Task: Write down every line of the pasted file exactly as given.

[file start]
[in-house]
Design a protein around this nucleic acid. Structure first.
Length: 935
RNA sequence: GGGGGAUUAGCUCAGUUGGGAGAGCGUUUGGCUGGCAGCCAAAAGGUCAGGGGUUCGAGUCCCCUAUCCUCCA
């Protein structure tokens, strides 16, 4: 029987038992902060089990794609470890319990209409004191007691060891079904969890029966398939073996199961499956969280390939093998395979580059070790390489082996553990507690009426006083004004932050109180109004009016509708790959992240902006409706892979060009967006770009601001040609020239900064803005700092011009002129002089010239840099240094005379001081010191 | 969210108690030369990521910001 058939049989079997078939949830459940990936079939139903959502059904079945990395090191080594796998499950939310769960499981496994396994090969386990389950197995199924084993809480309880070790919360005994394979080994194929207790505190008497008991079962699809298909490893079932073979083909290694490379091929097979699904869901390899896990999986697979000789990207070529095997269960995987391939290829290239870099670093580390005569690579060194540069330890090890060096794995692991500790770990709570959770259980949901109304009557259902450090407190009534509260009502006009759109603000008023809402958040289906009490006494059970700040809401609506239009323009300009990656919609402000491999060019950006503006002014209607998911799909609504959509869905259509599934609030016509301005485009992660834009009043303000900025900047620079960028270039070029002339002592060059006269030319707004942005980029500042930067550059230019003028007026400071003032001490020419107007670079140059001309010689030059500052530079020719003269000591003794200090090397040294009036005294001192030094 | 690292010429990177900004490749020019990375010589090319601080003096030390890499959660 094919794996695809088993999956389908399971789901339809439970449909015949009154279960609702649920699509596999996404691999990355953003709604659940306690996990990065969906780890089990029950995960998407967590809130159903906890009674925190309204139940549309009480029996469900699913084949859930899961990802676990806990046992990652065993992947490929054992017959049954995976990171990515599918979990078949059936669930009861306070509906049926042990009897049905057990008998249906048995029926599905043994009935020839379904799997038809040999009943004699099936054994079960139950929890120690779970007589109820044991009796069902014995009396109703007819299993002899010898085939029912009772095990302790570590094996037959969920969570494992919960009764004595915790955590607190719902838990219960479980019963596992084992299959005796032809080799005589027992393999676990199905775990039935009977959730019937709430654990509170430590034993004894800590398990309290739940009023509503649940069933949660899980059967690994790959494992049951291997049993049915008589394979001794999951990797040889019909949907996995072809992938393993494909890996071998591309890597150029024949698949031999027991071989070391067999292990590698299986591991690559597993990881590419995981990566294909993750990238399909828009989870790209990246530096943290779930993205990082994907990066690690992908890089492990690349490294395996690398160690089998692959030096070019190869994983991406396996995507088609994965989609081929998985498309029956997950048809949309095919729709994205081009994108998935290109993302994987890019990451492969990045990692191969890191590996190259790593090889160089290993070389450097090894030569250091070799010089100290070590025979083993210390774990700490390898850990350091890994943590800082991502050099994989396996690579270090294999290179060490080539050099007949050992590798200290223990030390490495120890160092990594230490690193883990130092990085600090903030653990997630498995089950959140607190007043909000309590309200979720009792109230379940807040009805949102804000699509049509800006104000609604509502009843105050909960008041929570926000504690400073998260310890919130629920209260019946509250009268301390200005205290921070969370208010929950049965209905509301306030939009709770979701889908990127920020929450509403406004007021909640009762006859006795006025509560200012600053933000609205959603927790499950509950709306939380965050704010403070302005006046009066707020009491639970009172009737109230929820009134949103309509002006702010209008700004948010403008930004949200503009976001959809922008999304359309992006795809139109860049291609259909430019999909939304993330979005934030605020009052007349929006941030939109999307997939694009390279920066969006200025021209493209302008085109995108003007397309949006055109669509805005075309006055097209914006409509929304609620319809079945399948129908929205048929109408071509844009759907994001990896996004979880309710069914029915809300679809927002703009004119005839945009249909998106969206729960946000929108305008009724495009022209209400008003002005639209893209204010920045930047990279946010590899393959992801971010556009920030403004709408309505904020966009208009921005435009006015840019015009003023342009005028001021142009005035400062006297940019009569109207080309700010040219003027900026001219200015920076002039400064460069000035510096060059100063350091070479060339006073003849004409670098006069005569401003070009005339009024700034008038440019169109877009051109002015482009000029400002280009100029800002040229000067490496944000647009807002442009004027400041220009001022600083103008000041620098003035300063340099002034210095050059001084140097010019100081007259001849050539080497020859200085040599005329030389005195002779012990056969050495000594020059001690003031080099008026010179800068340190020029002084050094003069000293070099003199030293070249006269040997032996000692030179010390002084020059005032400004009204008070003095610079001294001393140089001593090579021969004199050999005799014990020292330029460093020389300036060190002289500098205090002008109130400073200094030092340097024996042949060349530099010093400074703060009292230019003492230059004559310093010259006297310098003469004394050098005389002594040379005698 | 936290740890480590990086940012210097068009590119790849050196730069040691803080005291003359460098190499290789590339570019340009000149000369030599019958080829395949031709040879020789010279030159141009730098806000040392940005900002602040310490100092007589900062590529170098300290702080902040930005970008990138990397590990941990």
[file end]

[in-house]
Design a protein around this nucleic acid. Structure first.
Length: 935
RNA sequence: GGGGGAUUAGCUCAGUUGGGAGAGCGUUUGGCUGGCAGCCAAAAGGUCAGGGGUUCGAGUCCCCUAUCCUCCA
């Protein structure tokens, strides 16, 4: 029987038992902060089990794609470890319990209409004191007691060891079904969890029966398939073996199961499956969280390939093998395979580059070790390489082996553990507690009426006083004004932050109180109004009016509708790959992240902006409706892979060009967006770009601001040609020239900064803005700092011009002129002089010239840099240094005379001081010191 | 969210108690030369990521910001 058939049989079997078939949830459940990936079939139903959502059904079945990395090191080594796998499950939310769960499981496994396994090969386990389950197995199924084993809480309880070790919360005994394979080994194929207790505190008497008991079962699809298909490893079932073979083909290694490379091929097979699904869901390899896990999986697979000789990207070529095997269960995987391939290829290239870099670093580390005569690579060194540069330890090890060096794995692991500790770990709570959770259980949901109304009557259902450090407190009534509260009502006009759109603000008023809402958040289906009490006494059970700040809401609506239009323009300009990656919609402000491999060019950006503006002014209607998911799909609504959509869905259509599934609030016509301005485009992660834009009043303000900025900047620079960028270039070029002339002592060059006269030319707004942005980029500042930067550059230019003028007026400071003032001490020419107007670079140059001309010689030059500052530079020719003269000591003794200090090397040294009036005294001192030094 | 690292010429990177900004490749020019990375010589090319601080003096030390890499959660 094919794996695809088993999956389908399971789901339809439970449909015949009154279960609702649920699509596999996404691999990355953003709604659940306690996990990065969906780890089990029950995960998407967590809130159903906890009674925190309204139940549309009480029996469900699913084949859930899961990802676990806990046992990652065993992947490929054992017959049954995976990171990515599918979990078949059936669930009861306070509906049926042990009897049905057990008998249906048995029926599905043994009935020839379904799997038809040999009943004699099936054994079960139950929890120690779970007589109820044991009796069902014995009396109703007819299993002899010898085939029912009772095990302790570590094996037959969920969570494992919960009764004595915790955590607190719902838990219960479980019963596992084992299959005796032809080799005589027992393999676990199905775990039935009977959730019937709430654990509170430590034993004894800590398990309290739940009023509503649940069933949660899980059967690994790959494992049951291997049993049915008589394979001794999951990797040889019909949907996995072809992938393993494909890996071998591309890597150029024949698949031999027991071989070391067999292990590698299986591991690559597993990881590419995981990566294909993750990238399909828009989870790209990246530096943290779930993205990082994907990066690690992908890089492990690349490294395996690398160690089998692959030096070019190869994983991406396996995507088609994965989609081929998985498309029956997950048809949309095919729709994205081009994108998935290109993302994987890019990451492969990045990692191969890191590996190259790593090889160089290993070389450097090894030569250091070799010089100290070590025979083993210390774990700490390898850990350091890994943590800082991502050099994989396996690579270090294999290179060490080539050099007949050992590798200290223990030390490495120890160092990594230490690193883990130092990085600090903030653990997630498995089950959140607190007043909000309590309200979720009792109230379940807040009805949102804000699509049509800006104000609604509502009843105050909960008041929570926000504690400073998260310890919130629920209260019946509250009268301390200005205290921070969370208010929950049965209905509301306030939009709770979701889908990127920020929450509403406004007021909640009762006859006795006025509560200012600053933000609205959603927790499950509950709306939380965050704010403070302005006046009066707020009491639970009172009737109230929820009134949103309509002006702010209008700004948010403008930004949200503009976001959809922008999304359309992006795809139109860049291609259909430019999909939304993330979005934030605020009052007349929006941030939109999307997939694009390279920066969006200025021209493209302008085109995108003007397309949006055109669509805005075309006055097209914006409509929304609620319809079945399948129908929205048929109408071509844009759907994001990896996004979880309710069914029915809300679809927002703009004119005839945009249909998106969206729960946000929108305008009724495009022209209400008003002005639209893209204010920045930047990279946010590899393959992801971010556009920030403004709408309505904020966009208009921005435009006015840019015009003023342009005028001021142009005035400062006297940019009569109207080309700010040219003027900026001219200015920076002039400064460069000035510096060059100063350091070479060339006073003849004409670098006069005569401003070009005339009024700034008038440019169109877009051109002015482009000029400002280009100029800002040229000067490496944000647009807002442009004027400041220009001022600083103008000041620098003035300063340099002034210095050059001084140097010019100081007259001849050539080497020859200085040599005329030389005195002779012990056969050495000594020059001690003031080099008026010179800068340190020029002084050094003069000293070099003199030293070249006269040997032996000692030179010390002084020059005032400004009204008070003095610079001294001393140089001593090579021969004199050999005799014990020292330029460093020389300036060190002289500098205090002008109130400073200094030092340097024996042949060349530099010093400074703060009292230019003492230059004559310093010259006297310098003469004394050098005389002594040379005698 | 936290740890480590990086940012210097068009590119790849050196730069040691803080005291003359460098190499290789590339570019340009000149000369030599019958080829395949031709040879020789010279030159141009730098806000040392940005900002602040310490100092007589900062590529170098300290702080902040930005970008990138990397590990941990």